Artist's Statement

I am a multi-media artist/teacher working with digital media, computer code, online participatory culture, video installation, sound art, painting, and drawing. 

Using found material from the Internet and mass media, as well as audio and video recorded in the field, I create multi-media and digital installation projects that explore notions of public and private space. In addition, my work seeks to encourage new modes of online participation through community collaboration and practice.

Collecting and uncovering fragmented and hidden information is essential to all my work.  Through the physical act of taking apart and putting back together, I rearrange visual, audio, digital and conceptual information in order to comprehend it in a more real way.  Working in ways that focus on discrete pieces of data—which I refer to as episodes in my paintings and drawings—allows me to piece things together to uncover and illuminate new meanings. My efforts serve to isolate individual episodes, create new relationship between these individuals, and ultimately show the beauty that exists within diverse, shared communities.

In my paintings, the acts of brushing, wiping, abstracting, and isolating parts of space correspond to the ability to question identity and experience. Sets of marks—episodes—which are lodged in the surrounding ground, may stand alone in a layer, or may thrive off of neighboring episodes.  The layers are used to isolate relationships, clarify questions, and denote a history.

The paintings may capture a symbiosis of time, resembling abstracted landscapes, topographical maps, moss ecologies, or sky charts. Or, they also may suggest a type of biological study, chaotic climate changes, and the realization of our present-day fear concerning catastrophe.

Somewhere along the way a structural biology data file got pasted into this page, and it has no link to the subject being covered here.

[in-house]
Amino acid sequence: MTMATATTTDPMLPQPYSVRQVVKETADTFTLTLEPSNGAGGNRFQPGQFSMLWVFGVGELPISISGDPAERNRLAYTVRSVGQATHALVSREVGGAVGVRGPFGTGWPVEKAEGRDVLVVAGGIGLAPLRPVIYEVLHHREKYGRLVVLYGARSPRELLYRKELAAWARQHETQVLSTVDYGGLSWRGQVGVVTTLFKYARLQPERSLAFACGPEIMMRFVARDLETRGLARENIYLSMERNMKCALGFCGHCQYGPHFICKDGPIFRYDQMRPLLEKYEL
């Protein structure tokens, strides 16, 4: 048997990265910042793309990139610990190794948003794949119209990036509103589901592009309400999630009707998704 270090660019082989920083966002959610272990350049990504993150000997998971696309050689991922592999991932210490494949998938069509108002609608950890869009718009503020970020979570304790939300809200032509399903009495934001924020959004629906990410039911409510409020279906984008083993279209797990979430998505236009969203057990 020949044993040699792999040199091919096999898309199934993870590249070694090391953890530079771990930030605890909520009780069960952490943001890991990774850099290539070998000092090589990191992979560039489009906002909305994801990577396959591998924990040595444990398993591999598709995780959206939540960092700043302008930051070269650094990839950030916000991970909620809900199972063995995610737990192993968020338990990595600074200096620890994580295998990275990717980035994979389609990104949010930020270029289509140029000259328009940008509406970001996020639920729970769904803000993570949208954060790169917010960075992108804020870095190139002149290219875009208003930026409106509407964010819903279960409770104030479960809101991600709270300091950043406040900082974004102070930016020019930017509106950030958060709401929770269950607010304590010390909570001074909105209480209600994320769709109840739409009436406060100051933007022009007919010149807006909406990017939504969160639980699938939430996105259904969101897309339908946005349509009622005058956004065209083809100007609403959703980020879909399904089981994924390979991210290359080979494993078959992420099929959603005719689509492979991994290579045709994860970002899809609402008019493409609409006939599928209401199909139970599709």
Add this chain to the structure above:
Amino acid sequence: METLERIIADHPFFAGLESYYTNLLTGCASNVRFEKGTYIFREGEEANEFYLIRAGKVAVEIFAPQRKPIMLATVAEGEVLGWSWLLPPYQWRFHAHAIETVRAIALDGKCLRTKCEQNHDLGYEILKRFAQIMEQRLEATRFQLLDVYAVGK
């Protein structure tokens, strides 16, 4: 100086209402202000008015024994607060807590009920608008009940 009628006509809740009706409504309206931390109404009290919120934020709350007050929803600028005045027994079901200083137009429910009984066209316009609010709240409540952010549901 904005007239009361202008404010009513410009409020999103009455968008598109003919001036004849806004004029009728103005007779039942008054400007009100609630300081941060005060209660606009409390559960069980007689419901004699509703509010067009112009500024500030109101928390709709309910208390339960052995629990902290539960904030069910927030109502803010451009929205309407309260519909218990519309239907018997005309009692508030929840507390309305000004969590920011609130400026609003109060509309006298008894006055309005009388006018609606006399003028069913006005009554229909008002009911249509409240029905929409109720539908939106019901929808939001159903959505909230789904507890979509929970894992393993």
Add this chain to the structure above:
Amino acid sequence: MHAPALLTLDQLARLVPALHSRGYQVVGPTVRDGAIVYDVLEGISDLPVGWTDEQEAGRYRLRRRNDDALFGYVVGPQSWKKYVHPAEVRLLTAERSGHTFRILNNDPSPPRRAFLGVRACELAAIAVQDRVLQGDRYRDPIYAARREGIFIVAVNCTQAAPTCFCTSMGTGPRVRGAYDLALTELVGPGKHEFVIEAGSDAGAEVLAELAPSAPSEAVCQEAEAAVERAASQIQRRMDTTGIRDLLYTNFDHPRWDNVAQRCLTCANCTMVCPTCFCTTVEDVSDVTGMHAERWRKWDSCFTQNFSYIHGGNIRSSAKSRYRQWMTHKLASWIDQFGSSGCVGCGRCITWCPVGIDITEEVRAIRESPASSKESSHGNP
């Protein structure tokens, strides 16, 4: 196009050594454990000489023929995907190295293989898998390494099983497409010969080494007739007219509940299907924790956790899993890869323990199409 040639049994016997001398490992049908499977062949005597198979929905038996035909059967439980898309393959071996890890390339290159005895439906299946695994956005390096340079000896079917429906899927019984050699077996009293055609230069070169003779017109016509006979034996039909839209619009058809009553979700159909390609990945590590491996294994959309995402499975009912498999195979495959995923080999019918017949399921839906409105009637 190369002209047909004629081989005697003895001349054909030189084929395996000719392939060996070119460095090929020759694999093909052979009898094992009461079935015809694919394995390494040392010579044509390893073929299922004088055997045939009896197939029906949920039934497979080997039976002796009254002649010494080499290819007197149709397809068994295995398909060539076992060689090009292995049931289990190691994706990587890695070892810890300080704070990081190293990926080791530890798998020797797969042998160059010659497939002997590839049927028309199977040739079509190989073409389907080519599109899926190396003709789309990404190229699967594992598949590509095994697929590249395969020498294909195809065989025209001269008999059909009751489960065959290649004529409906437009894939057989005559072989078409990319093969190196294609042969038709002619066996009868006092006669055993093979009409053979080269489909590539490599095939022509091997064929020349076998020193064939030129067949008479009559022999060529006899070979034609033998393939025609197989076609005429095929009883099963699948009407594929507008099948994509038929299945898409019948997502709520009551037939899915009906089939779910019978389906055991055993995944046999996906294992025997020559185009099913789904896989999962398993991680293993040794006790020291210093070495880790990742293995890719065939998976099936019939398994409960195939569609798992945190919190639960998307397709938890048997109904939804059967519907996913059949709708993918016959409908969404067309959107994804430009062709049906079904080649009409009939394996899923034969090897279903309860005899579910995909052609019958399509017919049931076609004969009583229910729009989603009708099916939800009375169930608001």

The digital works of art follow in much the same was as my painting practice, wherein the episode becomes the focus for evaluation and exhibition.  This is most evident in my sound art where I combine numerous layers of field-recorded and digitally manipulated and synthesized sounds into complex compositions. Even with these works of art, the layers are added, removed, abstracted, pushed and pulled, all in an effort to reveal isolated moments within a seeming cacophony.  It is my hope that the episode—the individual moment of hearing parts within a whole—pushes the audience to deeper moment of listening.


Dr. Vaughn Whitney Garland is a Richmond-based independent curator and sound artist.  He received a Ph.D. from Virginia Commonwealth University’s interdisciplinary Media, Art and Text (MATX) program and an M.F.A from VCU’s Painting and Printmaking program. 

Garland has held positions in many of Richmond non-profit arts and cultural organizations and has curated, co-founded, and co-organized several public art and sculpture exhibitions including: The Richmond Outdoor Sculpture Exhibition in 2005 and 2006; 1708 Gallery’s inaugural Inlight; and the 2013 and 2016 RVA Street Art Festivals.  Garland has served as Chair of the Richmond Public Art Commission, Chair of 1708’s Exhibition Committee and Richmond’s Urban Design Commission.  

During the 2013 RVA Street Art Festival, Garland curated Driving Richmond, a multi-media documentary exhibition that garnered regional and national attention. He is now working a series of sound installations, web archives and audio tours in and around Richmond. Current projects include: collecting field recordings from Virginia’s historic Route 5; documenting stories from Richmond’s Church Hill neighborhood; developing a commissioned audio tour for the James River Park System; documenting Richmond's Latino community and constructing an audio tour of Richmond’s Slave Trail.